Fire Service Connection
How NFPA is engaging first responders in safety initiatives, the code process, and more
BY KEN WILLETTE
Last March, my responsibilities at NFPA shifted when I became the association’s responder segment director, a newly instituted position to bring the voice of the first responder community to the organization. One way to hear that voice is to go out and listen, and I have been on a bit of a road trip lately to hear what’s on the minds of responders around the country.
When I asked responders I spoke with about their understanding of NFPA and the role we play in their work, “confused” was one response that struck me. Considering that NFPA’s standards guide firefighters through every step of their careers, including training, personal protective equipment, apparatus, and more, I found “confused” to be, well, confusing. Listening a little harder, I heard folks say they weren’t sure how prominent the fire service voice is in NFPA’s standards development process and how they struggled to understand the reasons for some of the revisions made to standards that affect responders.
And when I listened even closer, I heard that folks want timely information to answer these questions but that they do not want that information to come via another 20 emails from NFPA or five catalogs mailed to their homes. What they do want is information that addresses their needs, is easy to understand, and is delivered in a manner that requires minimal effort for them to retrieve. When I asked how they would prefer to receive this information, the overwhelming majority raised their smart phones.
These conversations have provided me with clear guidance on what responders want, and the recognition that NFPA has more work to do to reach them. The process also reinforced the feedback I received at last year’s first annual NFPA Responder Forum, where I was told that the fire service struggles to understand the role NFPA plays and finds it difficult to transition from reading the code or standard to applying it.
The Responder Forum is a forward-looking program designed especially to address these kinds of disconnects between NFPA and the responder community and to stimulate creative thinking and raise awareness. NFPA identifies emerging leaders in the fire service and provides them with full scholarships to attend the forum, where they discuss important issues on the horizon for their profession. The event also provides NFPA another opportunity to learn about their needs.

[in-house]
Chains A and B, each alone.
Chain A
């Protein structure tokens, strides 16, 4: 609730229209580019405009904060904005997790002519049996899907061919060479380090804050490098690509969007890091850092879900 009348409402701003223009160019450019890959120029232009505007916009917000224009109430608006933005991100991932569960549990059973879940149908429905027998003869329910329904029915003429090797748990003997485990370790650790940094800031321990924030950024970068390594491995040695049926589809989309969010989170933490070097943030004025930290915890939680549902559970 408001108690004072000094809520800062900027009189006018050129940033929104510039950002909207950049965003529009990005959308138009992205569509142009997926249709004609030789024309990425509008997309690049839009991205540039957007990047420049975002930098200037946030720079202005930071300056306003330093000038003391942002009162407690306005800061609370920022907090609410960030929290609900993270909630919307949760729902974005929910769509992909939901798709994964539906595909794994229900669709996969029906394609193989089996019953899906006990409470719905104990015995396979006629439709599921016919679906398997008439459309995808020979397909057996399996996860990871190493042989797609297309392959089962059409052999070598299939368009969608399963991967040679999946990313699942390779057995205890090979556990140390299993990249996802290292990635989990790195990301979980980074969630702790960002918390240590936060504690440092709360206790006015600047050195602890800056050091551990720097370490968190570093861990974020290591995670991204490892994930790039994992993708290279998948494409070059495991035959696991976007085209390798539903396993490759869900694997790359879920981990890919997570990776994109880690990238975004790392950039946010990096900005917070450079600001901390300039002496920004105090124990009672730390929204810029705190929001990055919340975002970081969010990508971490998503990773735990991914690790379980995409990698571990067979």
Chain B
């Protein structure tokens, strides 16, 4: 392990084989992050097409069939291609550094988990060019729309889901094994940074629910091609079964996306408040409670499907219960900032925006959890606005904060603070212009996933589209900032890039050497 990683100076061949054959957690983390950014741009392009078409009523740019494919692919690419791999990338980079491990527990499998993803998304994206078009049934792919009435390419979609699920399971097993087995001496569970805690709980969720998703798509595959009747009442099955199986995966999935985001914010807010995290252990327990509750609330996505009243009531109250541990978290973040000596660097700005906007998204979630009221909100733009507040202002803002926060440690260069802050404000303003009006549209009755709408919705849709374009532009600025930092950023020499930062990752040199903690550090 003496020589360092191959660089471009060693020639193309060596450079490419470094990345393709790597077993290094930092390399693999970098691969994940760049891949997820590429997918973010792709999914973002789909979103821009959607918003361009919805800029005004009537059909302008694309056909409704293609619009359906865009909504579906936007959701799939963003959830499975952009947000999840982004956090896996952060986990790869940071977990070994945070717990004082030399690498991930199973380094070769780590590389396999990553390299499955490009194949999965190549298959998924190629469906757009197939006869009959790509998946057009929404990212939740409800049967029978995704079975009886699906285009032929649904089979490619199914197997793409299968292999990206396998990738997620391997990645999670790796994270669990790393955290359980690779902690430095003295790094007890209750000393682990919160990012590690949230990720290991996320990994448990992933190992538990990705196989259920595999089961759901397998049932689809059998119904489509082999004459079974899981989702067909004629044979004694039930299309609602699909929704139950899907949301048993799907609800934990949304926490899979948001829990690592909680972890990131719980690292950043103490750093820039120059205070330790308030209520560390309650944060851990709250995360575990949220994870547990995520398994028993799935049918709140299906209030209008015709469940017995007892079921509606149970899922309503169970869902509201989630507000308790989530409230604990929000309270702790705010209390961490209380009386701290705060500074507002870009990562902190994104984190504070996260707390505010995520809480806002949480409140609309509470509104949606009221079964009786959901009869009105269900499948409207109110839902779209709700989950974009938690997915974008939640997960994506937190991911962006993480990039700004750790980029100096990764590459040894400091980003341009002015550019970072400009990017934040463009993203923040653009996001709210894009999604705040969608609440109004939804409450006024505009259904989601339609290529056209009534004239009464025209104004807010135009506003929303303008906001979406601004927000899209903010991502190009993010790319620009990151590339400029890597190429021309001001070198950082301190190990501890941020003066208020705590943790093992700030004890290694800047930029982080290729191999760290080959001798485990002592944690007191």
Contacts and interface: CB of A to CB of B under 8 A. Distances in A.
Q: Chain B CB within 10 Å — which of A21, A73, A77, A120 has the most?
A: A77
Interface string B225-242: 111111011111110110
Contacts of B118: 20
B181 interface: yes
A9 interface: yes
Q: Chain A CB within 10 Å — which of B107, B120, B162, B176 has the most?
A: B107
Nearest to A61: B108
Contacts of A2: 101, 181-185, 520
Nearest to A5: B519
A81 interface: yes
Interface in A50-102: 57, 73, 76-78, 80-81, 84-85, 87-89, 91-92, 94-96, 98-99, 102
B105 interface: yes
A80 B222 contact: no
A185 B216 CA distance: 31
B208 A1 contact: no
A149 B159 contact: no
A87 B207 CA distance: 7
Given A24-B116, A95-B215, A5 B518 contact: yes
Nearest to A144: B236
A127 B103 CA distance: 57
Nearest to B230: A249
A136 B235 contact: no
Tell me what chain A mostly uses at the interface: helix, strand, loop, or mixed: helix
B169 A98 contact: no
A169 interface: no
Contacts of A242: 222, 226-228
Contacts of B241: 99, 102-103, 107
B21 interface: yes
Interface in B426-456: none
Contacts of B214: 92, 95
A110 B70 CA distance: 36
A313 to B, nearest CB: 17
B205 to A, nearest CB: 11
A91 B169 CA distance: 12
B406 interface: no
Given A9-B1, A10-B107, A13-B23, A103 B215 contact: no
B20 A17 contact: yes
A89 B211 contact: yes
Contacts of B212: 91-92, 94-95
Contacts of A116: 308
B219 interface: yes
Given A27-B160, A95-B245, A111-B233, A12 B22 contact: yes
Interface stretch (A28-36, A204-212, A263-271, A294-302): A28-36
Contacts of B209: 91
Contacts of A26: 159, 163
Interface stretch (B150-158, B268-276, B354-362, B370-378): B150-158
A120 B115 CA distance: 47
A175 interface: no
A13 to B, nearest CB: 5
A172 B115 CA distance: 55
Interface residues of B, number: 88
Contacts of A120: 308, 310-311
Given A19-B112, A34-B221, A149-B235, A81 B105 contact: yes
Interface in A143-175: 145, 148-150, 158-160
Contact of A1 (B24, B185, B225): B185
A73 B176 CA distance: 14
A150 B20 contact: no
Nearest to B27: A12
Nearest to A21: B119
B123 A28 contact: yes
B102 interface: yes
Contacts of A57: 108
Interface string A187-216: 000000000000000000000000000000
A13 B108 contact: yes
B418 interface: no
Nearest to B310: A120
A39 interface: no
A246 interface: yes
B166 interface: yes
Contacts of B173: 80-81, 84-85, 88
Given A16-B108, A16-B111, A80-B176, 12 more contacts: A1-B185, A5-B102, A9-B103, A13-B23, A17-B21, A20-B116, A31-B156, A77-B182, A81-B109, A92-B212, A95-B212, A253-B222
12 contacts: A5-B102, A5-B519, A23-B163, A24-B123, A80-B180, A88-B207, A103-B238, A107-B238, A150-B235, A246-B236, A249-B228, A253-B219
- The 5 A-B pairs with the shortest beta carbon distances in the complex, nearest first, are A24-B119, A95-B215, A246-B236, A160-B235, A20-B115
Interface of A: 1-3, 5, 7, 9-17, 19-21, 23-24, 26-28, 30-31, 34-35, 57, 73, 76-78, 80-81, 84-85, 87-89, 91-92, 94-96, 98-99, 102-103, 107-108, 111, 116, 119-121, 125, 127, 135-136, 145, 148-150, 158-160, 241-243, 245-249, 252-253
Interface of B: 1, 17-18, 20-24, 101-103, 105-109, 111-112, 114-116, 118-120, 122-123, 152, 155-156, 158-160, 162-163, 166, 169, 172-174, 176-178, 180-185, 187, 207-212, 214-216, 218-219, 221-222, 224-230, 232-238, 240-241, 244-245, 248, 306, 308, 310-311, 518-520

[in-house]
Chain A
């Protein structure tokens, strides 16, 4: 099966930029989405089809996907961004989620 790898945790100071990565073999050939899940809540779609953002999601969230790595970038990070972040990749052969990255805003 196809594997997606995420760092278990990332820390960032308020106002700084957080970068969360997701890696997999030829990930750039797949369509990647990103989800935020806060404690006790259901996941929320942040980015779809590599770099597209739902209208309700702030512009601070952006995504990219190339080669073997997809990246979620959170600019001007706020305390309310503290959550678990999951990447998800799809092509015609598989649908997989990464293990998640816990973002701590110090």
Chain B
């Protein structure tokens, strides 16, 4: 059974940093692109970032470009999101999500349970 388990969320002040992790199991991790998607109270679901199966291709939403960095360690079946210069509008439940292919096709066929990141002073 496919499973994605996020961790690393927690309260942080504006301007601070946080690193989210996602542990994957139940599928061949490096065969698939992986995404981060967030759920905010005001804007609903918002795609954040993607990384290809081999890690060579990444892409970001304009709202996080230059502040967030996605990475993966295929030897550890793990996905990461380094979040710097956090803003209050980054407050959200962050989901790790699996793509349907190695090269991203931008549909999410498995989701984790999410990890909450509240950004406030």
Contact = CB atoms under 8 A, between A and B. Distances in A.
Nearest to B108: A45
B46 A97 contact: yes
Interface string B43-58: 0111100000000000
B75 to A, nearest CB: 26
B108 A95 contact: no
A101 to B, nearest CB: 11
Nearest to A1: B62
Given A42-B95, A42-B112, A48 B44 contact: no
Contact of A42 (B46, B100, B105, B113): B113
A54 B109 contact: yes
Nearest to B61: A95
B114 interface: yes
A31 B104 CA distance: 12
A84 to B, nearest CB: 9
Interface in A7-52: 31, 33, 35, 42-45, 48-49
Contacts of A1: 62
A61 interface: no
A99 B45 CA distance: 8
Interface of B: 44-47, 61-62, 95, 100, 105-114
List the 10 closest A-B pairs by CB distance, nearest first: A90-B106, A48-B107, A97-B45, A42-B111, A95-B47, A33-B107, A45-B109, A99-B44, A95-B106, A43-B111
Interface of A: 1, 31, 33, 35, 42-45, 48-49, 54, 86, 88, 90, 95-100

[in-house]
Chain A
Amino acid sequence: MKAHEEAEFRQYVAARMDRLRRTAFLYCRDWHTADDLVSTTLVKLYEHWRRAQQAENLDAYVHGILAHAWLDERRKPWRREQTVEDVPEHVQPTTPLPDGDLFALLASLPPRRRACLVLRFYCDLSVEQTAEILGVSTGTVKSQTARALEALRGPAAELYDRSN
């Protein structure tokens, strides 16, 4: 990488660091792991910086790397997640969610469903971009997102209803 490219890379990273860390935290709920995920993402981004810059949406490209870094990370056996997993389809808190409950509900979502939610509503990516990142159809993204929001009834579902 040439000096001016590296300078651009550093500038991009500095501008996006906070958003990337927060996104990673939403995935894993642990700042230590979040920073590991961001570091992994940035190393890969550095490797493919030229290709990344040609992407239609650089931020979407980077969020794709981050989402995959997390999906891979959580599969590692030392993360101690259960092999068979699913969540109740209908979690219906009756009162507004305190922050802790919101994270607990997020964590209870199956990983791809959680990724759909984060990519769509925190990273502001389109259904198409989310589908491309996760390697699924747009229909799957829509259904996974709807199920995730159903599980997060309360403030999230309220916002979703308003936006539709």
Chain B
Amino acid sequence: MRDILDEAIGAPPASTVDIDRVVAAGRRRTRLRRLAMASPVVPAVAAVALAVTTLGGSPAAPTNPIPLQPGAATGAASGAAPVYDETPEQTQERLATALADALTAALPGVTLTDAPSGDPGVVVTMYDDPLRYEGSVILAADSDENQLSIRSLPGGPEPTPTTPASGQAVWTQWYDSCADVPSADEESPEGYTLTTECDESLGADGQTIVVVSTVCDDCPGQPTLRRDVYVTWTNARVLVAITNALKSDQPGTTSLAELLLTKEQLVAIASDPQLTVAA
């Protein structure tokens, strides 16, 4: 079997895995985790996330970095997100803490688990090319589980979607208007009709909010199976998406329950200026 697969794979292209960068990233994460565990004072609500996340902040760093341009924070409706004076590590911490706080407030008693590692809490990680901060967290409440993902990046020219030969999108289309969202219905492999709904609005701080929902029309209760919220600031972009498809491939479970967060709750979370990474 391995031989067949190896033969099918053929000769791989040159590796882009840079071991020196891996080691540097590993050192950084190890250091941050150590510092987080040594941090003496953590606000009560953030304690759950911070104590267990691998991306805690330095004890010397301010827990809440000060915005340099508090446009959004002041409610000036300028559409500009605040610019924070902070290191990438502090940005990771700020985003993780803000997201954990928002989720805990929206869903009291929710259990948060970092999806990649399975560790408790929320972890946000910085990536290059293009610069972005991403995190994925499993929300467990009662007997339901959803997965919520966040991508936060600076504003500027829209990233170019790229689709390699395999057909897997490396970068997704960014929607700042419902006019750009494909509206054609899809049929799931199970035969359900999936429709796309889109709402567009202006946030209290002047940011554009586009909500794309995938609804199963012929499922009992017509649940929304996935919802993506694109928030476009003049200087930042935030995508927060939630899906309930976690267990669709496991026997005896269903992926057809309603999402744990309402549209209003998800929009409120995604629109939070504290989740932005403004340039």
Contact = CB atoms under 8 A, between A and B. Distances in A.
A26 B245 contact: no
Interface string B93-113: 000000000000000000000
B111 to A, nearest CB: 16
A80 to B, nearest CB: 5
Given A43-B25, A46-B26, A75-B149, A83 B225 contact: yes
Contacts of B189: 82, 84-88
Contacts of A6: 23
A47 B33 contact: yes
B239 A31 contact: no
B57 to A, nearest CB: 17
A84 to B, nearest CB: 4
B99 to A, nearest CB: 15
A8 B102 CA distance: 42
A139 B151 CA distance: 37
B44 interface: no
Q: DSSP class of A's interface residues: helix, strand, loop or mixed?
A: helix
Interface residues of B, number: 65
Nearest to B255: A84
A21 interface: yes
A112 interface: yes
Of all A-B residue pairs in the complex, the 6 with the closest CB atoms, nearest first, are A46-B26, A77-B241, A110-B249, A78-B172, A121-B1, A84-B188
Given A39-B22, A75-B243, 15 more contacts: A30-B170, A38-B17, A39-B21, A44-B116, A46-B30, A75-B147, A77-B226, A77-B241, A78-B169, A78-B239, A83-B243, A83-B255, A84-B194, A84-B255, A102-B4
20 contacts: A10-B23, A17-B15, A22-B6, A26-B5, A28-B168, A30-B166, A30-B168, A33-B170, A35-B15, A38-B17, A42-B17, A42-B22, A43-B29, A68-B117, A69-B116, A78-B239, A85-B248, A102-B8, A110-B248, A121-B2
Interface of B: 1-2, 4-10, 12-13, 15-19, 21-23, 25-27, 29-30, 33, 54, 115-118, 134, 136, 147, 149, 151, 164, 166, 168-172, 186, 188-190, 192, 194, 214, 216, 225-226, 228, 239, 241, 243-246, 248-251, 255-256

This year’s Responder Forum, which was held November 7–9 in Charlotte, North Carolina, focused on the firefighter of the future. The event’s keynote presentation, titled “The Future American Firefighter,” was delivered by Casey Grant, executive director of the Fire Protection Research Foundation, and is available online.
Throughout the forum, participants discussed emerging issues, including how innovations and emerging technologies are providing tools and solutions for the fire service at a pace we have never seen. We talked about the growing importance of data and the power of analytical tools to develop predictive models that can guide strategic and budgetary planning. We also discussed the current state of the U.S. fire service based on the results of NFPA’s fourth U.S. Needs Assessment survey.
NFPA continues to work to raise awareness of emerging issues within the fire service and of NFPA’s crucial role in responder safety. We must reinforce to firefighters the importance of their engagement with our standards development process and demonstrate the pivotal role they play in ensuring the safety of all firefighters. Whether it’s through firehouse visits and listening sessions or events like the Responder Forum, NFPA must continue to engage with the fire service to meet its needs.